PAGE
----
Discharge Times and Capacity
How many times have we seen patient flow projects that center around “out by 11am” or “home by noon”? It’s often suggested, “Can’t we put a sign in the room that says discharge is 11am?" It's true, we need to create capacity early in the day to reduce wait times for early ED (emergency department) arrivals and early PACU (post-anesthesia care unit) patients, but at what cost? Is there really a need to get as many patients as possible out as early as possible, or is finding balance and staggering discharge times just as effective? There's a key factor to consider before putting pressure on precious hospital resources to discharge early – Queuing Theory and the Utilization Curve.
The Impact of Queuing Theory
In the simplest terms, the utilization curve tells us that the busier a resource (hospital census) the longer the response time to service (assignment of patients awaiting a bed). With a hospital at 95% or greater capacity, there will certainly be extended wait times in the ED and in the PACU. That leads to the typical response of trying to discharge as many patients as possible, as early as possible. When this happens, clinical staff is torn between assessing and caring for new patients admitted overnight, providing ongoing AM care, handling medication passes for patients―and dealing with the added stress of discharging a large number of patients.
A Domino Effect
For those patients who are discharged, patient transport and Environmental Services staff are stretched thin to move patients and clean rooms. With all this effort, most hospitals are still not successfully discharging more than 10% of their patients by 11am. Additionally, there is evidence to suggest that with all this activity at high occupancy, corners may be cut and mistakes can be made.1 The utilization curve also holds the key to solving this problem and providing staff with a more achievable and safer goal.
The Tipping Point
Patient wait times grow exponentially once capacity moves beyond 85%, but small increases in capacity (via discharges) can result in large reductions in wait times and delays. So, at times when utilization is high in a hospital (near capacity), planning for the timely transitioning of a few appropriate patients can increase available capacity, have a substantial effect on delays―and improve care. Rather than focusing on the number of patients to discharge early, focus on a few appropriate patients―a goal of 25% is the standard. On a typical 30-bed med/surg unit, with an average of eight discharges per day, that would be two discharges by 11am!
Putting science into your planning for discharges―rather than a wide sweeping request for “as many discharges as possible”―will lead to successfully creating enough discharges earlier in the day to accommodate early admissions and reduce stress on resources. Queuing theory and the utilization curve provide evidence that at the times when units or hospitals are full, a small number of discharges will have a large effect. Identify those two patients today for whom an early discharge tomorrow is an attainable goal and focus your next 24 hours on preparing the patient for a safe and timely discharge.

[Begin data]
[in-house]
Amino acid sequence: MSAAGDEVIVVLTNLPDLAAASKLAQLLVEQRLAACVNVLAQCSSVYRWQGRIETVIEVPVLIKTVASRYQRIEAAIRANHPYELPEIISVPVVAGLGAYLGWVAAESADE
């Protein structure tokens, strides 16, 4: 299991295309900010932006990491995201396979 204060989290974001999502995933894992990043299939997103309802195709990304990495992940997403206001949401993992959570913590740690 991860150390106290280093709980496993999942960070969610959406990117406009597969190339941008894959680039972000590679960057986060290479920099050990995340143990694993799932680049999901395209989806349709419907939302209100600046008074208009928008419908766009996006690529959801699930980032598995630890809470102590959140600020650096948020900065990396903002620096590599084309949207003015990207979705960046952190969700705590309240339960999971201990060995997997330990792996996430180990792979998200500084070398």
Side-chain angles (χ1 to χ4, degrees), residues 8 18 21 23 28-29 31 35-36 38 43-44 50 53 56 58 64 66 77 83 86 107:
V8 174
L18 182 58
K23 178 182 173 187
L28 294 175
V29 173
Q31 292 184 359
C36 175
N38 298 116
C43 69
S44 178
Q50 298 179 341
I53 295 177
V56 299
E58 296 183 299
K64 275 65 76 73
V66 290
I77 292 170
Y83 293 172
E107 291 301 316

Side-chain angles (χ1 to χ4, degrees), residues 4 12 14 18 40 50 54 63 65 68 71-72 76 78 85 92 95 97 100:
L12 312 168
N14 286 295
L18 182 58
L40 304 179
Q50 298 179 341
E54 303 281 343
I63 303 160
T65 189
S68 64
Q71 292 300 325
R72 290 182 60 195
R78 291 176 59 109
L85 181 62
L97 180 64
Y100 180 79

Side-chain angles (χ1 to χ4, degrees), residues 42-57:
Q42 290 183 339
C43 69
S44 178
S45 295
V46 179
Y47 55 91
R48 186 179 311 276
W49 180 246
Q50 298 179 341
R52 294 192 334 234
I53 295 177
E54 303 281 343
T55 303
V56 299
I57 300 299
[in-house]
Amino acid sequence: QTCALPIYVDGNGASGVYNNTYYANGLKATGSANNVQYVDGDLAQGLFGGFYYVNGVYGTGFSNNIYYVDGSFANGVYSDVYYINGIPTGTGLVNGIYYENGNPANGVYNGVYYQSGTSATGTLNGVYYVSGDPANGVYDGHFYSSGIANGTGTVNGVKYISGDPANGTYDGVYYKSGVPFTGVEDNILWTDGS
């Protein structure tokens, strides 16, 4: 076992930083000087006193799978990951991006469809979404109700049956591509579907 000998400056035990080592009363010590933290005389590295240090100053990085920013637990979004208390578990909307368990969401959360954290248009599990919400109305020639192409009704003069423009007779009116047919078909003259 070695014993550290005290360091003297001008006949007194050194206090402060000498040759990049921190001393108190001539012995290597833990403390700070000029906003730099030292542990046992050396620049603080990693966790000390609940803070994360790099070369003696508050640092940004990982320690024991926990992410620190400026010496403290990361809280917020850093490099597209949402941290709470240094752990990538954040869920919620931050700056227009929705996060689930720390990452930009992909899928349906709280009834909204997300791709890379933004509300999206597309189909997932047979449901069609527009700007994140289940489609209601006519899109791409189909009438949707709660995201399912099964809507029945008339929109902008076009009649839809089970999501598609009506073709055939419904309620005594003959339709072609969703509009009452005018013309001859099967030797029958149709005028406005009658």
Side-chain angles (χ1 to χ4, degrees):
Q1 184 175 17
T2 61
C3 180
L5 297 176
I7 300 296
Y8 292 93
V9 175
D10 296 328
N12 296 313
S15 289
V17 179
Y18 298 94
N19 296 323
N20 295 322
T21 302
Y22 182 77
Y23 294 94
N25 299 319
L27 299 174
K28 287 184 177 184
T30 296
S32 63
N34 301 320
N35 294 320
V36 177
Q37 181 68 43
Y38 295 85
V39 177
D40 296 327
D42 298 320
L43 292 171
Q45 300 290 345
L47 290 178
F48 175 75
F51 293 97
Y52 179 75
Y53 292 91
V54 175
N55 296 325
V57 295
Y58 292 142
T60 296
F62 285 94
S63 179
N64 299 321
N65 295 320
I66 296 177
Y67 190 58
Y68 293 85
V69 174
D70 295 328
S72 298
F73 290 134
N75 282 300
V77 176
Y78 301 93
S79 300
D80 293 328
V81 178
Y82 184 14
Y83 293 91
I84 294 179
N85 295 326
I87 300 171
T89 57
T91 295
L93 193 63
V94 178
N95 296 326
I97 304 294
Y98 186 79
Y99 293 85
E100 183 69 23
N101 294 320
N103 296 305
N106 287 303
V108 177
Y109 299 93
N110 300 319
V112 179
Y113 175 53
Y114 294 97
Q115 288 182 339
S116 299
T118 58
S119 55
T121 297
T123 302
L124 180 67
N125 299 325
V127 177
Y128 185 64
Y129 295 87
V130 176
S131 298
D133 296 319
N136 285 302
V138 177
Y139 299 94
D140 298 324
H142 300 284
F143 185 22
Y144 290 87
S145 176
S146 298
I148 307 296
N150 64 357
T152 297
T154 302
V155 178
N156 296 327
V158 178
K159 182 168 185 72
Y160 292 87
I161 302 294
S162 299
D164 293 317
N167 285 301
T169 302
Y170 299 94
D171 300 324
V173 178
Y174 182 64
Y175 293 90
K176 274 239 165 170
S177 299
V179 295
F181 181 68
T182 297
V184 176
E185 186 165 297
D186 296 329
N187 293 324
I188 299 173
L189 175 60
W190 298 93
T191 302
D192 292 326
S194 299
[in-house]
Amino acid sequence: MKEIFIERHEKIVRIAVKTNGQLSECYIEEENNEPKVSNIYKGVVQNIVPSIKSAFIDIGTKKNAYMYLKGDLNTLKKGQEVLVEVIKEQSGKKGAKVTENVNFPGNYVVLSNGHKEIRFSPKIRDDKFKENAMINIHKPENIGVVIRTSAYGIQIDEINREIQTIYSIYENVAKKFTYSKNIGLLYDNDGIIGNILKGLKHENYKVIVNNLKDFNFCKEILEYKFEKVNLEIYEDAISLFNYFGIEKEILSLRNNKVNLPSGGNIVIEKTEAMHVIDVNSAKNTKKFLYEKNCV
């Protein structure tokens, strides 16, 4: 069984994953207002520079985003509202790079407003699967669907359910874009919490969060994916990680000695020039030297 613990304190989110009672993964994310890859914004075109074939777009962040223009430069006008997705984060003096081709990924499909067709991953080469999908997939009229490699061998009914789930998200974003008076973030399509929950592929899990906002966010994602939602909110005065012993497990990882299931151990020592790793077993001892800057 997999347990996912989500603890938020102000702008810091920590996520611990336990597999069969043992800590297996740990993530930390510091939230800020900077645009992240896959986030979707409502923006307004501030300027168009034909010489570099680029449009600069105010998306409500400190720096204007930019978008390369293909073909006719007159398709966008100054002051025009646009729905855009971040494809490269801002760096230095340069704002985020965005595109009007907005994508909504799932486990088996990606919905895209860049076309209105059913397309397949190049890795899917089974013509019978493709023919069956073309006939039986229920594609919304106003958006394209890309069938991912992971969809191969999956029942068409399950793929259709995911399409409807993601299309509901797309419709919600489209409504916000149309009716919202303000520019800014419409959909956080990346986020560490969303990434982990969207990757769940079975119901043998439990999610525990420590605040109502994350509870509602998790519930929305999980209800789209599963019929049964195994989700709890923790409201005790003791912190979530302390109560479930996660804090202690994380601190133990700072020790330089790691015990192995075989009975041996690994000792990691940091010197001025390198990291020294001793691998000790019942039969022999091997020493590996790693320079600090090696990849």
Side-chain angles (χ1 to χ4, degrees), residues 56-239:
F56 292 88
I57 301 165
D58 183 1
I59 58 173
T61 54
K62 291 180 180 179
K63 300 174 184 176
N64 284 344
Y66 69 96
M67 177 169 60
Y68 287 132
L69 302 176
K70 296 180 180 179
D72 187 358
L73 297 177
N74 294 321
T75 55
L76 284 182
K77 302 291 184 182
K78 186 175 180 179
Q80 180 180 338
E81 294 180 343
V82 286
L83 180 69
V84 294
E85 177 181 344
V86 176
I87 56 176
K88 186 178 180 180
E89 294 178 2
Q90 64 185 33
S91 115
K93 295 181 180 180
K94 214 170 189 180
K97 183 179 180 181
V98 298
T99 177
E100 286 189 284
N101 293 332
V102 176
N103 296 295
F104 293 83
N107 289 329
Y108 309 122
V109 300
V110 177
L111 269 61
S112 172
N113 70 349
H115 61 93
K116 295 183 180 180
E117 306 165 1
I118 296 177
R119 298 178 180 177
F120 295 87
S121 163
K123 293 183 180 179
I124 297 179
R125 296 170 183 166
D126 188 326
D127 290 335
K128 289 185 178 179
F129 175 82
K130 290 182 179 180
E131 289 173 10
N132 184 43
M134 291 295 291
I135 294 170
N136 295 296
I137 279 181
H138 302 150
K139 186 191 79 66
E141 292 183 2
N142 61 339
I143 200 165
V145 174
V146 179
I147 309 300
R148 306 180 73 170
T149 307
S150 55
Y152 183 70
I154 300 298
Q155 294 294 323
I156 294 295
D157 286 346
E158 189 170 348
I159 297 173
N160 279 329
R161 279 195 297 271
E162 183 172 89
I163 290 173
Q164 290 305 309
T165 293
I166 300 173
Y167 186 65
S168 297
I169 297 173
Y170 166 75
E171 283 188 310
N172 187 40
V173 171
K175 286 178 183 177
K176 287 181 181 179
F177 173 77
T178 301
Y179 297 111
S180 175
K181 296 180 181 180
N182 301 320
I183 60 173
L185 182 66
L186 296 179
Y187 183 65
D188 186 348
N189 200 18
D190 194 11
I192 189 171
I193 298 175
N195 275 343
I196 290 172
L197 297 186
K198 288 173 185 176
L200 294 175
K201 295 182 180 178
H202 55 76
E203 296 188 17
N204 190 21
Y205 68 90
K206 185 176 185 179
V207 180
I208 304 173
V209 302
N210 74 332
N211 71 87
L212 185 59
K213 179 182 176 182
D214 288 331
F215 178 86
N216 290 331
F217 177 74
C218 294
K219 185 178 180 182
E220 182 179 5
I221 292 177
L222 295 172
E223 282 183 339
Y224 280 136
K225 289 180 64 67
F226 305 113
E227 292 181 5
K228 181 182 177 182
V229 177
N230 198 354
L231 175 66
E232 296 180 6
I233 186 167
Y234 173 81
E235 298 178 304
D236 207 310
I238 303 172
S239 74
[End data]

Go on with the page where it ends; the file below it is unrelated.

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Ms. Kaczynski spent more than 20 years with the University of Pittsburgh Medical Center (UPMC), where her work focused on hospital operations and administration. Her passion and energy for improving patient flow in the acute care setting began over fifteen years ago within the UPMC system. Experience with Toyota Production System methods, certification as a Six Sigma Black Belt, and engagement with the Institute for Healthcare Improvement have all supported her previous process improvement work with the UPMC system.
In her previous position at UPMC, Ms. Kaczynski oversaw the patient flow initiatives at UPMC’s seventeen hospitals. As a Senior Administrative Director, she had executive oversight of seven large departments which all played a key role in successful patient flow and capacity management.
In addition to her responsibilities at UPMC system, Ms. Kaczynski joined the Institute for Healthcare Improvement as a faculty member, teaching seminars on patient flow in the United States and internationally.
Ms. Kaczynski received a bachelor’s degree in Education and a master’s degree in Exercise Physiology from the University of Pittsburgh. She has also received certifications from Intermountain Healthcare (Brent James) and the Institute for Healthcare Optimization (Eugene Litvak).
1.Kuntz L, Mennicken R, Scholtes S.
Stress on the ward: evidence of safety tipping points in hospitals. Manage Sci.2014;61(4):754-771 http://www.health.jbs.cam.ac.uk/research/current/downloads/120806_stress_on_the_ward.pdf
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